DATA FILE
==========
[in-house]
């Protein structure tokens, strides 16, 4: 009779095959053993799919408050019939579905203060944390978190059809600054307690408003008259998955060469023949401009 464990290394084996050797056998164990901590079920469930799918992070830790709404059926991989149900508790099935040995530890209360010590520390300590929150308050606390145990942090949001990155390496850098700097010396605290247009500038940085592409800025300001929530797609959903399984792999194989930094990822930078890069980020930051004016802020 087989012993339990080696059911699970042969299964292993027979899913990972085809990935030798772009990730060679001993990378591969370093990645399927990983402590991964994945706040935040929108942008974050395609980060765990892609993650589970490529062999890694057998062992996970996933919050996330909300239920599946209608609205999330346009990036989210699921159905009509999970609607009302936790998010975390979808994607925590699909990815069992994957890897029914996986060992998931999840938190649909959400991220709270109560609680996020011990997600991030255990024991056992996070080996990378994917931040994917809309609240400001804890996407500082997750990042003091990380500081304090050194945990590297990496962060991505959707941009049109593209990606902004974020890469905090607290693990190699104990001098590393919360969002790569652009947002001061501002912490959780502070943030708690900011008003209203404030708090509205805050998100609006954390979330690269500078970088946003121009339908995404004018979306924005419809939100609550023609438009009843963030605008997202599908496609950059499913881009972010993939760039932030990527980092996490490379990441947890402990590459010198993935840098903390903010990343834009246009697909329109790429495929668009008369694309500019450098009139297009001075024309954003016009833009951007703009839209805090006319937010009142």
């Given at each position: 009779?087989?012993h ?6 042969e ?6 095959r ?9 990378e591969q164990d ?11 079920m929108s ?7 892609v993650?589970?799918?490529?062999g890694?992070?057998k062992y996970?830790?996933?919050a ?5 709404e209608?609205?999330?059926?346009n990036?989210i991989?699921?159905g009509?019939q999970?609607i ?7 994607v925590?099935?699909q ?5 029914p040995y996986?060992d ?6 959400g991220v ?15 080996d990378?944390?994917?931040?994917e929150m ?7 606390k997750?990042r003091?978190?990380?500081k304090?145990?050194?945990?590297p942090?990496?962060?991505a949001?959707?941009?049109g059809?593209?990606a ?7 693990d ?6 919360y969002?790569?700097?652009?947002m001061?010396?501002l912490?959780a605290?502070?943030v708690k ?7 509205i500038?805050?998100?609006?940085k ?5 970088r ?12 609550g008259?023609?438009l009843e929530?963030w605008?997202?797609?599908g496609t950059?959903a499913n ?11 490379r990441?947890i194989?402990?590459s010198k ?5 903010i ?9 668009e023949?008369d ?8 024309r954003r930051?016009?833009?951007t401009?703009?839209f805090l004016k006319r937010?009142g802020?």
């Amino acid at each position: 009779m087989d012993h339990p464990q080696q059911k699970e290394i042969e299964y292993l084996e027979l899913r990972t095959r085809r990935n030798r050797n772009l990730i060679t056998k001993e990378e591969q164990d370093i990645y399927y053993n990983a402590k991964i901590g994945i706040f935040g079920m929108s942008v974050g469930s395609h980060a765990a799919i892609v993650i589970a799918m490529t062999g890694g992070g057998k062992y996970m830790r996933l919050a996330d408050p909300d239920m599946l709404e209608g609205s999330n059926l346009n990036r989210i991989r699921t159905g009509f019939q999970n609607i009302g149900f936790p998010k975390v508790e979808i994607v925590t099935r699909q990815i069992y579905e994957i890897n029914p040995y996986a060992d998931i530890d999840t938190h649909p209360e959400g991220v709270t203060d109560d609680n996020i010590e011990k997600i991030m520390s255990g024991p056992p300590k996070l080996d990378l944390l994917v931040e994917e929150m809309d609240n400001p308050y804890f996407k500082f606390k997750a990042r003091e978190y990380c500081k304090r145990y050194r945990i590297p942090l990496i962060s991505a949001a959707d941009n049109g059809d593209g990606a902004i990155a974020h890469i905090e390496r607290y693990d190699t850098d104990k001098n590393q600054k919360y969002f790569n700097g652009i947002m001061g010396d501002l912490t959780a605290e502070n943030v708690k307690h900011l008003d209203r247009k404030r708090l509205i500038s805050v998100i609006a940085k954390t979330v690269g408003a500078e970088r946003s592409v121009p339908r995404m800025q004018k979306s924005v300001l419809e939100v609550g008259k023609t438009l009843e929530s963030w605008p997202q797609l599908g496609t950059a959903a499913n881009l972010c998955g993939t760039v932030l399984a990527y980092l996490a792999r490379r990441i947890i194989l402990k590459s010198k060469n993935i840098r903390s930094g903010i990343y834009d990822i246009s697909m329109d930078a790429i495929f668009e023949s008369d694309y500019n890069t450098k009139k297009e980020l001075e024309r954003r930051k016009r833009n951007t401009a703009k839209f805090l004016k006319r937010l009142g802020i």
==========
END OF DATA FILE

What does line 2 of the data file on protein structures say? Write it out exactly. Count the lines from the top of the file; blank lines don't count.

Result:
């Protein structure tokens, strides 16, 4: 009779095959053993799919408050019939579905203060944390978190059809600054307690408003008259998955060469023949401009 464990290394084996050797056998164990901590079920469930799918992070830790709404059926991989149900508790099935040995530890209360010590520390300590929150308050606390145990942090949001990155390496850098700097010396605290247009500038940085592409800025300001929530797609959903399984792999194989930094990822930078890069980020930051004016802020 087989012993339990080696059911699970042969299964292993027979899913990972085809990935030798772009990730060679001993990378591969370093990645399927990983402590991964994945706040935040929108942008974050395609980060765990892609993650589970490529062999890694057998062992996970996933919050996330909300239920599946209608609205999330346009990036989210699921159905009509999970609607009302936790998010975390979808994607925590699909990815069992994957890897029914996986060992998931999840938190649909959400991220709270109560609680996020011990997600991030255990024991056992996070080996990378994917931040994917809309609240400001804890996407500082997750990042003091990380500081304090050194945990590297990496962060991505959707941009049109593209990606902004974020890469905090607290693990190699104990001098590393919360969002790569652009947002001061501002912490959780502070943030708690900011008003209203404030708090509205805050998100609006954390979330690269500078970088946003121009339908995404004018979306924005419809939100609550023609438009009843963030605008997202599908496609950059499913881009972010993939760039932030990527980092996490490379990441947890402990590459010198993935840098903390903010990343834009246009697909329109790429495929668009008369694309500019450098009139297009001075024309954003016009833009951007703009839209805090006319937010009142």